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Aticle Summary: These Tiffs Over Electric Vehicles Are Not What They Seem


Trade conflicts among countries are becoming a critical feature in the race toward decarbonization, says climate journalist Robinson Meyer in this illuminating article. Calls to address climate change have typically appealed to safeguarding the public good, but opportunities to jumpstart new green industries and secure market positions in crucial components are now creating friction among trading nations. Meyer explains what’s at stake – both geopolitically and economically – for Europe, China and the United States in tackling climate change.


  • Protectionism is creeping into climate change policy.
  • Low-cost clean energy promises greater global economic growth than nonrenewable energy.
  • Trade disputes will inevitably arise, but how countries respond will spell the difference between success and failure.

Aticle Summary: These Tiffs Over Electric Vehicles Are Not What They Seem


Protectionism is creeping into climate change policy.

European officials bristled at America’s passage of the Inflation Reduction Act in 2022, which calls for a minimum of $370 billion for climate initiatives in hydrogen technology, solar panels and zero-carbon aviation fuel. One of the Act’s provisions, a $7,500 tax credit for electric vehicles, is strictly for North American-assembled vehicles with primarily US batteries produced with US- or partner-sourced minerals.

“There’s now reason to think that certain kinds of competition — not cooperation — might be inherent to solving the climate problem itself: that all else being equal, fighting climate change might lead to more protectionism, more economic tension, more trade wars.”

It’s clear that a healthy environment is a public good. Yet economists have long understood the interrelationship between nonrenewable energy consumption and economic growth, and many saw it as a trade-off. Countries could either collaborate with each other to reduce greenhouse gases, or they could take advantage of their neighbors’ emission-reduction efforts to strengthen their own economies. Each nation’s motivations seemed to conflict with any global effort to address climate change.

Low-cost clean energy promises greater global economic growth than nonrenewable energy.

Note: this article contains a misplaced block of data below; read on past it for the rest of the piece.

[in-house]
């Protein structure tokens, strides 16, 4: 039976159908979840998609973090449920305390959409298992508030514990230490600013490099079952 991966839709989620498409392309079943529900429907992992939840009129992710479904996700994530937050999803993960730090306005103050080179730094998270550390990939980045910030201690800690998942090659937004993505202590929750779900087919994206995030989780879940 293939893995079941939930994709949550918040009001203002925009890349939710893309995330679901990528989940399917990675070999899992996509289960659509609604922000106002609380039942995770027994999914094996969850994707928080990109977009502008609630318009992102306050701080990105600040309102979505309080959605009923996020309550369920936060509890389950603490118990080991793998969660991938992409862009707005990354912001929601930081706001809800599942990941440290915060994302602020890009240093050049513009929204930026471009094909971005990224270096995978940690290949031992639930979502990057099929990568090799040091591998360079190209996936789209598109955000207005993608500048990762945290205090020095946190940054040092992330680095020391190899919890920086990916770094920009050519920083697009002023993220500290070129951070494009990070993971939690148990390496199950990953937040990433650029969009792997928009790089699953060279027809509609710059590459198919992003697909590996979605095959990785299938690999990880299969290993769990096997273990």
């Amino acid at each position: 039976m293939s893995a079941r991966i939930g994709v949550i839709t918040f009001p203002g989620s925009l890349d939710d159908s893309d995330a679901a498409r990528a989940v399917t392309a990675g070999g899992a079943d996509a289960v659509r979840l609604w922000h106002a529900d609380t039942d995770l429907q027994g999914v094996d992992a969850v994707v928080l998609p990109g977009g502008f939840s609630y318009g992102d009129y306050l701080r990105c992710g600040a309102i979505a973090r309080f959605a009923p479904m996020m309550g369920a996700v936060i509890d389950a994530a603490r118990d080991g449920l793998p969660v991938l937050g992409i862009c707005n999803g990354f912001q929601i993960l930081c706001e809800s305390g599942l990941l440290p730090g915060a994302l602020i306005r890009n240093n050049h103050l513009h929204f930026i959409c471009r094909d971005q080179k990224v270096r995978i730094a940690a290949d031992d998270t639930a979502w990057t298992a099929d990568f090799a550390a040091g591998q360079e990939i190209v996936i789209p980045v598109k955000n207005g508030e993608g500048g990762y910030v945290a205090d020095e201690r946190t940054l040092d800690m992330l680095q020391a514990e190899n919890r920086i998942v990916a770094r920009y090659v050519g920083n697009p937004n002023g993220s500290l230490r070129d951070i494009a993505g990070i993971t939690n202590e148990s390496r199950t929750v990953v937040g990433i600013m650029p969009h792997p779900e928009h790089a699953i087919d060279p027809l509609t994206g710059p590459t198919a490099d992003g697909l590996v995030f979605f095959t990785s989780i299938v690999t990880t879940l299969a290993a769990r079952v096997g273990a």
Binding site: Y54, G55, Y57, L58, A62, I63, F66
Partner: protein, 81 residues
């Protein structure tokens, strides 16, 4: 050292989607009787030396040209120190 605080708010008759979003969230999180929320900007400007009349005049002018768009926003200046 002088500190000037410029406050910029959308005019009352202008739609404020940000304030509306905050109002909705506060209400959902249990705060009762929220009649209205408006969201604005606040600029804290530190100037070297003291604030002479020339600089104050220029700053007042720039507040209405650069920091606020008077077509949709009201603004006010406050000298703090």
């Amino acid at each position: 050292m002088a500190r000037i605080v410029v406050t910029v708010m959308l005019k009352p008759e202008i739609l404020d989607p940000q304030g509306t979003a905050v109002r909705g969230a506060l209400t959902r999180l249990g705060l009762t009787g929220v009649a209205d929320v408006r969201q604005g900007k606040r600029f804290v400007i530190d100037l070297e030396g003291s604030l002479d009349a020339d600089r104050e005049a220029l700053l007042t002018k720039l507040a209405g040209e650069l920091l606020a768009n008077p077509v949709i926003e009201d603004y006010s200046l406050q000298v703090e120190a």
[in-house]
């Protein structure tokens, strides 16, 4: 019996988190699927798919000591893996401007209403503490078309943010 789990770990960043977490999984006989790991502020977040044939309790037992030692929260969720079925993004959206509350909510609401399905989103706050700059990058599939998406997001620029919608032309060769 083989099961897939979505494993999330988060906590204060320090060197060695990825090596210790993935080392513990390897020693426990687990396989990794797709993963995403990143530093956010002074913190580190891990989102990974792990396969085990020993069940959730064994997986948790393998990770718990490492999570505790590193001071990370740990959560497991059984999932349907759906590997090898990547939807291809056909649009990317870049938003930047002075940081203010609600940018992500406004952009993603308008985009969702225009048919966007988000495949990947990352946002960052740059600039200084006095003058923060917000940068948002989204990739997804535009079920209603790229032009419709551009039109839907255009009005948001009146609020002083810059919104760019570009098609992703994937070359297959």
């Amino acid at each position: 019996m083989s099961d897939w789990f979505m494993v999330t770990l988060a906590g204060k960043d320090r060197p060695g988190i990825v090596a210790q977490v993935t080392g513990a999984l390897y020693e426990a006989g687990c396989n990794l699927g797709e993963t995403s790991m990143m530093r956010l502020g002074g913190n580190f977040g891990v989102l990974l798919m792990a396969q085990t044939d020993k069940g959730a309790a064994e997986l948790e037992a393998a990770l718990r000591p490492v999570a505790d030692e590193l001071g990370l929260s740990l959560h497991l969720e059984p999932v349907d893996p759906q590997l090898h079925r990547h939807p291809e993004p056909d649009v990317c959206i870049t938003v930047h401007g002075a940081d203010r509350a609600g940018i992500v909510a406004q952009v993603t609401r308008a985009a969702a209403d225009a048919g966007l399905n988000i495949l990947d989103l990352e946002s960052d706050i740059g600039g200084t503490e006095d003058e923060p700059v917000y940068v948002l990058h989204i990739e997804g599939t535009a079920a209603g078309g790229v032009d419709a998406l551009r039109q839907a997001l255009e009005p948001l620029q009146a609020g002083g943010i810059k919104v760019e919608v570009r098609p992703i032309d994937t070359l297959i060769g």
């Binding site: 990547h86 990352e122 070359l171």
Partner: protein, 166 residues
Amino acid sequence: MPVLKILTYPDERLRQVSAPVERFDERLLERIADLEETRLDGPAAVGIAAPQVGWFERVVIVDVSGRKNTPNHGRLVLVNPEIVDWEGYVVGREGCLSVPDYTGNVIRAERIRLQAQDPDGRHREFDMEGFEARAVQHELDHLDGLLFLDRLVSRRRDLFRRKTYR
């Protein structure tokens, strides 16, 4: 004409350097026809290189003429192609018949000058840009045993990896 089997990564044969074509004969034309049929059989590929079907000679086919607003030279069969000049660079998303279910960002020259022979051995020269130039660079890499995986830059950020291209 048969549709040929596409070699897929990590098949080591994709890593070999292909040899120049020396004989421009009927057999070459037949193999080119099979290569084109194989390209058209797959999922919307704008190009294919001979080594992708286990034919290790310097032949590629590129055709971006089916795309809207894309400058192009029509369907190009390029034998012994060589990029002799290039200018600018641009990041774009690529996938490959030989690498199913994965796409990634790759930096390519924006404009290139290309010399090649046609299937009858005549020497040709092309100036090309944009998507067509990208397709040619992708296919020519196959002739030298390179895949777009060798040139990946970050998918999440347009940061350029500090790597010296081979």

Yet since the 2010s, developed nations’ economies have grown as their carbon emissions dropped, and so greenhouse gas reduction is no longer synonymous with declining economic growth. Climate change strategies can feature energy production that is less costly than that of fossil fuels, spurring the development of new industries, specializations and jobs.

“Clean energy is a growing and highly strategic industry, and trade conflict always arises from these very industries.”

Businesses are seeing the potential in clean energy. Recent studies have shown that nations with strong industrial sectors were in the forefront of climate action, when they saw the chance to protect and grow their commerce. Similarly, those behind the Inflation Reduction Act expect the new green sectors to expand the US economy.

Trade disputes will inevitably arise, but how countries respond will spell the difference between success and failure.

Countries’ internal politics drive climate policy, with different factions – energy producers, industrialists, workers, activists, lobbyists and consumers – jockeying for position. As more nations vie for a piece of a growing green economy, trade conflicts will ensue. Governments need to be aware of some potentially unfavorable outcomes from all that competition: One might be that Western companies engage in counterproductive battles among themselves, failing to make progress and ceding ground to China, which could become a supply chain hegemon. Another could see the creation of green-energy silos in the United States, China, Europe and East Asia, with no one country able to scale costs meaningfully.

“Managing trade disputes isn’t some sideshow to the real work of fighting climate change. It IS fighting climate change.”

But the worst-case scenario would involve decaying relations between China and the United States, to the point that trade links crumble and global military conflict follows. A thoughtful and measured approach from all parties should entail collaboration rather than confrontation.

About the Author

Robinson Meyer is the founder and executive editor of Heatmap News, a media concern focusing on climate issues.

Alex Lim is a certified book reviewer and editor with over 10 years of experience in the publishing industry. He has reviewed hundreds of books for reputable magazines and websites, such as The New York Times, The Guardian, and Goodreads. Alex has a master’s degree in comparative literature from Harvard University and a PhD in literary criticism from Oxford University. He is also the author of several acclaimed books on literary theory and analysis, such as The Art of Reading and How to Write a Book Review. Alex lives in London, England with his wife and two children. You can contact him at [email protected] or follow him on Website | Twitter | Facebook

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